Dr Jean-Louis Vincent, professor of intensive care medicine at Université libre de Bruxelles, past president of the World Federation of Societies of Intensive and Critical Care Medicine and the European Society of Intensive Care Medicine, accomplished author and researcher, talks to Dr Roman Jaeschke about the evolution of the COVID-19 situation around the world.
For part 2, click here.
Roman Jaeschke, MD, MSc: Good morning. Welcome to another edition of McMaster Perspective with one of our by far favorite interviewees, Professor Jean-Louis Vincent. We’ve spoken twice about the coronavirus disease 2019 (COVID-19) situation.
Professor Vincent, where are we today?
Jean-Louis Vincent, MD, PhD: First of all, thank you for inviting me to express my opinion and share some thoughts with you. Clearly in Europe, where I am, the situation is getting much better. People are looking forward to taking some holidays, visiting other European countries. But of course, when we look around the globe, the situation is worrisome—not only in Beijing, where there is a number of [newly] infected COVID-19 patients, but even in the United States, where President Trump has played a nasty role. I was just watching a little bit of CNN during breakfast this morning. We could see that the number of cases is still increasing in the United States, but many people refuse social distancing. I’m not a big fan of masks, though sometimes we need them, but people don’t take any measures and in some states the numbers are increasing substantially.
When we go to Africa, Latin America, or India, almost everywhere it’s absolutely terrible. The number of cases around the globe is increasing substantially. For these countries that I mentioned, of course it’s in part associated with relatively poor health-care systems and also with political systems—like in Brazil, where President Bolsonaro doesn’t care very much about COVID-19 and doesn’t do anything for what could happen in the favelas.
In less wealthy countries the populations are usually younger than in our countries, and that may explain why the number of deaths may perhaps not be as high as in Europe in particular, but this is still relative. There are many deaths there, a number of my friends in Brazil are telling me how bad it is, and it’s similar in Mexico. It’s still very worrisome.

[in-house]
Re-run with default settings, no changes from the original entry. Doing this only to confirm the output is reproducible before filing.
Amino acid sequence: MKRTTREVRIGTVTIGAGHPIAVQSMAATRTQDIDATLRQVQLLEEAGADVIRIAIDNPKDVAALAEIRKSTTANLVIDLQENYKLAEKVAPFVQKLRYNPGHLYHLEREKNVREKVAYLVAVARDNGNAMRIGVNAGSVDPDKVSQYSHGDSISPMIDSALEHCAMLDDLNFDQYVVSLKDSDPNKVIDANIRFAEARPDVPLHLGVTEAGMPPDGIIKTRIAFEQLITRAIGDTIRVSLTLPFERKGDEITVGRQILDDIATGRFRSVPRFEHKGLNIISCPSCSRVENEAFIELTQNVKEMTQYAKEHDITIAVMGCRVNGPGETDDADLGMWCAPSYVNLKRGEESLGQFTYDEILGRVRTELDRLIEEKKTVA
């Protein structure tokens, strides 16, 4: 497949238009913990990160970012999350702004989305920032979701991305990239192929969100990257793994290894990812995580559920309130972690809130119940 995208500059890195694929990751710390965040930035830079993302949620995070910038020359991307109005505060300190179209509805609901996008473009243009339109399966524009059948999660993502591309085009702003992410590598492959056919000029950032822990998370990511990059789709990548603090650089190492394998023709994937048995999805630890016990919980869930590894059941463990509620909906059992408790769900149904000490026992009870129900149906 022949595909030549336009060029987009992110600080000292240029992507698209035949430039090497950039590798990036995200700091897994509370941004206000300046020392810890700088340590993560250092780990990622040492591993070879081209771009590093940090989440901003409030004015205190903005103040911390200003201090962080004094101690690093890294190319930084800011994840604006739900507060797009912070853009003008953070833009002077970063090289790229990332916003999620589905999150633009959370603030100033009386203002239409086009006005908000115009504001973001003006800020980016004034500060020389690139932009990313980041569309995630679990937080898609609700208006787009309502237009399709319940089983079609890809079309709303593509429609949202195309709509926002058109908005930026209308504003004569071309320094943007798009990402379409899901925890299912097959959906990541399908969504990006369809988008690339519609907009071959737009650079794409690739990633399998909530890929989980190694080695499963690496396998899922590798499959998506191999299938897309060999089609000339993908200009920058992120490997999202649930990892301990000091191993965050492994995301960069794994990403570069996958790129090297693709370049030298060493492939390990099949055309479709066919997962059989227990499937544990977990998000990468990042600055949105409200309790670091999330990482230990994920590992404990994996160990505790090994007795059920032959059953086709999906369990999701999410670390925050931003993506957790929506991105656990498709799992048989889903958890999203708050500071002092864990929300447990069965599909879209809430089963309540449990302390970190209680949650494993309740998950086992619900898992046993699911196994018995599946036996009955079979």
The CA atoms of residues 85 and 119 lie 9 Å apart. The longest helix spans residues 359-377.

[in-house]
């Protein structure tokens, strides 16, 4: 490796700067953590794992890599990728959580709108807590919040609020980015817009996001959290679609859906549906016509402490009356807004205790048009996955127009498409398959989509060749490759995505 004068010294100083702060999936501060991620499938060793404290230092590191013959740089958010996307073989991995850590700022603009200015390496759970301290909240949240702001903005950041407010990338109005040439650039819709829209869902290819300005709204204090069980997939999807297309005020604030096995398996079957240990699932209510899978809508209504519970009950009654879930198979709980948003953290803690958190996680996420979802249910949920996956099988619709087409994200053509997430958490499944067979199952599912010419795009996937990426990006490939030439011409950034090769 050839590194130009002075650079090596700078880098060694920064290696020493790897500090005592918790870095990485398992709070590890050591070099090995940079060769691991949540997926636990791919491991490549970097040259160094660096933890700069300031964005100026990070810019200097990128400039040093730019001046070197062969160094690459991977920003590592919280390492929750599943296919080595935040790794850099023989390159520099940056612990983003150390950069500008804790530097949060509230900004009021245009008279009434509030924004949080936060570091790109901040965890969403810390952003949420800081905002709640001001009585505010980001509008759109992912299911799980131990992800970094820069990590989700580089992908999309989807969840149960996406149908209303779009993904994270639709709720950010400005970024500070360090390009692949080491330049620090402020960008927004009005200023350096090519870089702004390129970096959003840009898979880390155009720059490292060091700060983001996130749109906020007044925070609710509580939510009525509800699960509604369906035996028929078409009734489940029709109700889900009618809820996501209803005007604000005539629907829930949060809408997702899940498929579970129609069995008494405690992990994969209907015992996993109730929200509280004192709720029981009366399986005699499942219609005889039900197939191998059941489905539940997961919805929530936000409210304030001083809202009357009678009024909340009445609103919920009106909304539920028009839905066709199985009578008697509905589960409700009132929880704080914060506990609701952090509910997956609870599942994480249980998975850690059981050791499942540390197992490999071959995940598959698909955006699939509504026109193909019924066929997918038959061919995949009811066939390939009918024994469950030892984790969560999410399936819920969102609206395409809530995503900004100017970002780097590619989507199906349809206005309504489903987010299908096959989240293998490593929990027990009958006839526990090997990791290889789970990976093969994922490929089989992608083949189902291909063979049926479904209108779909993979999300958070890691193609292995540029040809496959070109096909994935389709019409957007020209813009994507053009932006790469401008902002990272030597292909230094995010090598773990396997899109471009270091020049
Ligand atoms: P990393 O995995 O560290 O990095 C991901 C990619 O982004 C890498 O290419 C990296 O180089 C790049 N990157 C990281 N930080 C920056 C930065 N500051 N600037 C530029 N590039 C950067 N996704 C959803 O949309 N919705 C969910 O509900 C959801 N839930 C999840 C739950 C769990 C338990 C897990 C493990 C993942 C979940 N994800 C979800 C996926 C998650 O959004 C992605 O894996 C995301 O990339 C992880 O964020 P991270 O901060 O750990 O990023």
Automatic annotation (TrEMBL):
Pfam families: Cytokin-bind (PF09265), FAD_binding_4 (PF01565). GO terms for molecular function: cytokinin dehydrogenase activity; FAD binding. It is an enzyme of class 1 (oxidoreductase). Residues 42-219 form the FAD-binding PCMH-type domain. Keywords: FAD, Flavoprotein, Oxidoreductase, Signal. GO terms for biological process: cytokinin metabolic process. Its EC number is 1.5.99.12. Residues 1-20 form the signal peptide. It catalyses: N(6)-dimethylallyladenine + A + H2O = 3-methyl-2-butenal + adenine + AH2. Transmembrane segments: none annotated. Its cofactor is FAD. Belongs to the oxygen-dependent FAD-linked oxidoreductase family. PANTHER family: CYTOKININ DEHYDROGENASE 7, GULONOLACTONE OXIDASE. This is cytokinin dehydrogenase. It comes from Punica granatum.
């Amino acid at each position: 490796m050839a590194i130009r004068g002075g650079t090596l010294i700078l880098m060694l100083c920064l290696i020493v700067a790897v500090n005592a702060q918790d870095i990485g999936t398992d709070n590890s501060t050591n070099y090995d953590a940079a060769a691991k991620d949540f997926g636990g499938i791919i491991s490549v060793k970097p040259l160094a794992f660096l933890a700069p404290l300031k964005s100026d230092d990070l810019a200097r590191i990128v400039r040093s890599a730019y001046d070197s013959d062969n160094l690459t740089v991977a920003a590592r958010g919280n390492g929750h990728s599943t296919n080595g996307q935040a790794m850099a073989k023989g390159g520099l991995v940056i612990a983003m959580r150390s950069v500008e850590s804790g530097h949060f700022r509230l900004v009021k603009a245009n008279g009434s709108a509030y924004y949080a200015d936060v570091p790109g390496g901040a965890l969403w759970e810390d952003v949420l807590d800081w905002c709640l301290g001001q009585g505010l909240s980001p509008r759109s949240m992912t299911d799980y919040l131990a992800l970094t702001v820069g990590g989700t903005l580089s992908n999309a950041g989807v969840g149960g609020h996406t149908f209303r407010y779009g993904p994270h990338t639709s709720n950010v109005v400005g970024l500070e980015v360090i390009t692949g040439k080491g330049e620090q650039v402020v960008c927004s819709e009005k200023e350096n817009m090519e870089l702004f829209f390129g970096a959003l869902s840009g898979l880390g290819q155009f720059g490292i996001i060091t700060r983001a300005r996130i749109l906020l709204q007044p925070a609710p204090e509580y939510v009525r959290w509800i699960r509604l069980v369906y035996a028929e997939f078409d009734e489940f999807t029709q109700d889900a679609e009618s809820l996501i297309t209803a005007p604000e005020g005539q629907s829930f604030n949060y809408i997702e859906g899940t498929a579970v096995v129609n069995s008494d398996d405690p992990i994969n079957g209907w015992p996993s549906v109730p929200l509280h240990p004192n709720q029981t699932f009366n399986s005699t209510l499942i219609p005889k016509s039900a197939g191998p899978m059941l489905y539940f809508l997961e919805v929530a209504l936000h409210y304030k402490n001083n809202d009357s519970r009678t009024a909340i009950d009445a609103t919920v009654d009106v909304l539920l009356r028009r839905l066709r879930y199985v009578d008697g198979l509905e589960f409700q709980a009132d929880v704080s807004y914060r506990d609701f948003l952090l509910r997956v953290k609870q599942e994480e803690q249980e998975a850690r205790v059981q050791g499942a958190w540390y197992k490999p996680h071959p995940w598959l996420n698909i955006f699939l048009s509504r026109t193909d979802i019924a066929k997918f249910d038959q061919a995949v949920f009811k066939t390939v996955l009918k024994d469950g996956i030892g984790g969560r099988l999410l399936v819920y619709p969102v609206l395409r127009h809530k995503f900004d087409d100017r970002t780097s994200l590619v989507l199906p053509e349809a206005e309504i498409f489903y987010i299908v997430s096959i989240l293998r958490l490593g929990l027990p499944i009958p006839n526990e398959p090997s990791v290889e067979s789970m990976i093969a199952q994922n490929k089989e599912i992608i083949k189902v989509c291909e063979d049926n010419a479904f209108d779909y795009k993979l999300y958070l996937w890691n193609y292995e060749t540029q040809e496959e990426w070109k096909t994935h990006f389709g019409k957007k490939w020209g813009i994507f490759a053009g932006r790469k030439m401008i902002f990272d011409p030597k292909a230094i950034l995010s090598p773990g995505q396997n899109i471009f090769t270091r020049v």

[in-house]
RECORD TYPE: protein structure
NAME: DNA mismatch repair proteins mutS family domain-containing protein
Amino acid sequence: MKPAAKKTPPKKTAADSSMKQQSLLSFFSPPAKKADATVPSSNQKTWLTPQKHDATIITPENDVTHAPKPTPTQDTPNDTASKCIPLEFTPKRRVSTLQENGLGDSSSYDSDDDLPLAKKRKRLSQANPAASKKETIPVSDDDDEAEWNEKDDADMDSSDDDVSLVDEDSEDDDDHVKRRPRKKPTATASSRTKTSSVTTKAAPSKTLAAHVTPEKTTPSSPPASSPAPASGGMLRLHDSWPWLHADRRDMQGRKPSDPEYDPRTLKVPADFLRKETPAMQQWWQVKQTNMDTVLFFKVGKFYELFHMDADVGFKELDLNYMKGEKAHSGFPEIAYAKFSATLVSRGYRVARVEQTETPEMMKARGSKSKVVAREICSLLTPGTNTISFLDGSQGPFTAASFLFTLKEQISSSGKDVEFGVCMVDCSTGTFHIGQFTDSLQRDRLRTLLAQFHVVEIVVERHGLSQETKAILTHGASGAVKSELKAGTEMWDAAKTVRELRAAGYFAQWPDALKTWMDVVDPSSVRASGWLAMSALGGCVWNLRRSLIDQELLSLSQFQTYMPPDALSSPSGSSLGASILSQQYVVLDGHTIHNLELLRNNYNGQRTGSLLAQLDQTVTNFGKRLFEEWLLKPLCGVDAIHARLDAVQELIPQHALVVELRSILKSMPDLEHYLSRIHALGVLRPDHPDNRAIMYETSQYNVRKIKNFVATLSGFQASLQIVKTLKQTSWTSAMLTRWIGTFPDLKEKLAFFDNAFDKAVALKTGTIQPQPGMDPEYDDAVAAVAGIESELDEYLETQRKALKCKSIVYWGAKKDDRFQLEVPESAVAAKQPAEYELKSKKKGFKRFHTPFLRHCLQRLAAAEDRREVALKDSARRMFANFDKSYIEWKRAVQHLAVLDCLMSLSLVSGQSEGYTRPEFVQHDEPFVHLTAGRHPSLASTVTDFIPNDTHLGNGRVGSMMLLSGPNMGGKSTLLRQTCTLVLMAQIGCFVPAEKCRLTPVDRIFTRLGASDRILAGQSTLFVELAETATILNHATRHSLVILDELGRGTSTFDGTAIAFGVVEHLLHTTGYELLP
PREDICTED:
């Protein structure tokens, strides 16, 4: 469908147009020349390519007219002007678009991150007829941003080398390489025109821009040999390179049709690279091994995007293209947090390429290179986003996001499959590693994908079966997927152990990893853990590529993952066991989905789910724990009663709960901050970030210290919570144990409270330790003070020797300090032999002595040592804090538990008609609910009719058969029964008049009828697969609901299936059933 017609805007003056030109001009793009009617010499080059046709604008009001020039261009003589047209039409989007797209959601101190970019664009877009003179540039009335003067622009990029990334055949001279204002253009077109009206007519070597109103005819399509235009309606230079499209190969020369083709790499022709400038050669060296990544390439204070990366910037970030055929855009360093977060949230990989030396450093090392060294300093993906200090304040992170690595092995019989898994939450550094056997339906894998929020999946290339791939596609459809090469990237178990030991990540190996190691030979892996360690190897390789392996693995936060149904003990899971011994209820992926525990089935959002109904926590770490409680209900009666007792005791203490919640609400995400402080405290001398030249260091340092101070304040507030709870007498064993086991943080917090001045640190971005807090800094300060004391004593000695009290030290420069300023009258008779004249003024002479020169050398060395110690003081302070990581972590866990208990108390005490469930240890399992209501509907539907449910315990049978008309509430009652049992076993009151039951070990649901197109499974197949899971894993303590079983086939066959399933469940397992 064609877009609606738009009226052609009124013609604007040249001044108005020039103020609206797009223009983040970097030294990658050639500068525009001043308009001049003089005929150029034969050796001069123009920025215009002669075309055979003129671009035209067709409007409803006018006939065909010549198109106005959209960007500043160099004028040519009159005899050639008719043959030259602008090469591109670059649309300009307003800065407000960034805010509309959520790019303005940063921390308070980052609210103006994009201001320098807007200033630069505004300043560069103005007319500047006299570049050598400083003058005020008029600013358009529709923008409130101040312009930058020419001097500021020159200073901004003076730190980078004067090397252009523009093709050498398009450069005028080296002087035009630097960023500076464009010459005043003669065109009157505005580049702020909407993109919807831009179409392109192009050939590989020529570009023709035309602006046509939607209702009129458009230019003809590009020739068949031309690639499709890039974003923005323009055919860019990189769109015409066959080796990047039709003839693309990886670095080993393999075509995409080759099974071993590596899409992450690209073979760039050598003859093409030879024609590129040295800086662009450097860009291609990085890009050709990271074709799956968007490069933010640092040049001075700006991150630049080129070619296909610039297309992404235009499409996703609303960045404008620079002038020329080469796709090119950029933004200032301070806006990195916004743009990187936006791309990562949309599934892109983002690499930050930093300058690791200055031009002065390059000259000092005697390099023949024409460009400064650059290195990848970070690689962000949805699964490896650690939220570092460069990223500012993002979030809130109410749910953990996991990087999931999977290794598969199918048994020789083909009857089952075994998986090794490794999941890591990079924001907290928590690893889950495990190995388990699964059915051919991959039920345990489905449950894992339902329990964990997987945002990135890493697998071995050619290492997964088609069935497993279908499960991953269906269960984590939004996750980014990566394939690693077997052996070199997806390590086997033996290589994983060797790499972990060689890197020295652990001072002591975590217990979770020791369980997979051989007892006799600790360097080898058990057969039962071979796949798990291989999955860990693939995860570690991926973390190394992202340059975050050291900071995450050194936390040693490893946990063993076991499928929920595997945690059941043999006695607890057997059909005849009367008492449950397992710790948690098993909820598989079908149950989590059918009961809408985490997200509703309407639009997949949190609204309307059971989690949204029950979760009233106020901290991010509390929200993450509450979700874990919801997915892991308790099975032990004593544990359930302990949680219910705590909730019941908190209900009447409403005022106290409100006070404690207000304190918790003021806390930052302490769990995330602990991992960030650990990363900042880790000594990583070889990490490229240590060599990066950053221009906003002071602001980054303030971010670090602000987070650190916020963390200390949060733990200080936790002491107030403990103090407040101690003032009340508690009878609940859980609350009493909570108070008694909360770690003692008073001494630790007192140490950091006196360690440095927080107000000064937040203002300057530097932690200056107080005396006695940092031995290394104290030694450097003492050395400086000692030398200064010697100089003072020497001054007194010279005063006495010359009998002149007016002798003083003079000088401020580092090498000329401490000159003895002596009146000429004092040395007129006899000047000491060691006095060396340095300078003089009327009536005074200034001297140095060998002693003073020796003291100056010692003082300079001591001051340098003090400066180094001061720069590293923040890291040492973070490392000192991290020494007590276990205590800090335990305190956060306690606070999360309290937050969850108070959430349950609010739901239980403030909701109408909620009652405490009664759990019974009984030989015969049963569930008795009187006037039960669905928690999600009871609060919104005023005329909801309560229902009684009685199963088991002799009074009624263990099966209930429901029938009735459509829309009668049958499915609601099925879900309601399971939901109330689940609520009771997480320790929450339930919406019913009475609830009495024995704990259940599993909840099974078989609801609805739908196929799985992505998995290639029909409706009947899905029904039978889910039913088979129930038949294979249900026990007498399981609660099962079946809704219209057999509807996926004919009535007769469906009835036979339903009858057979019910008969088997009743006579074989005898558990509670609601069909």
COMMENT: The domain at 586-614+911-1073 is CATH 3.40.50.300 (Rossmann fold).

In our hospitals in Europe we do not see severe cases anymore. We see some, but not many. In the intensive care units (ICUs) we don’t see many, and we don’t know why. Of course there are still some infected patients, but they do not seem to develop severe complications, like some weeks ago. Why? We just don’t know. Is it because they have acquired some immunity? Is it because the virus has changed? We don’t know.
Roman Jaeschke: You mentioned to me that you read about 50 COVID-19–related papers per day as the editor in chief of critical care journals. So if you don’t know the answer, I suspect a lot of other people do not know it either.
A question from almost a layperson, and I’m not sure if you can answer it: Could we analyze the virus in a way that would allow us to say it’s still the same virus or that something has changed in it? Is it a structure that we could study in detail and say this is the same virus?
Jean-Louis Vincent: Yes, absolutely. This is being done. This is monitored by experts who look at the virus. They check if it has mutated or not. There are some mutations, but not major.
The other thing that we can monitor is the genetic factors that perhaps may influence the degree of sensitivity of populations. The last time we spoke about the somewhat lesser incidence of severe complications in Eastern Europe—Poland, Romania, Bulgaria, and so on. This doesn’t seem to be a big problem. People start to realize that there are some genetic factors that may play a role.
Initially, we started with blood groups, with the A group being more at risk than other blood groups and the O group being more protected. We could see in the New England Journal of Medicine a very interesting article showing that indeed some genetic factors, which are also associated with blood groups, could influence the sensitivity of individuals to the virus. It’s very interesting.
Roman Jaeschke: So maybe the virus is changing, or maybe we are different. Essentially the news is obviously good, at least in your country [Belgium] and in Europe, with the number of severe cases decreasing. We’ll talk in a moment about management, which has changed in the meantime. For the moment, I thank you for this part of the interview. We’ll talk again very soon.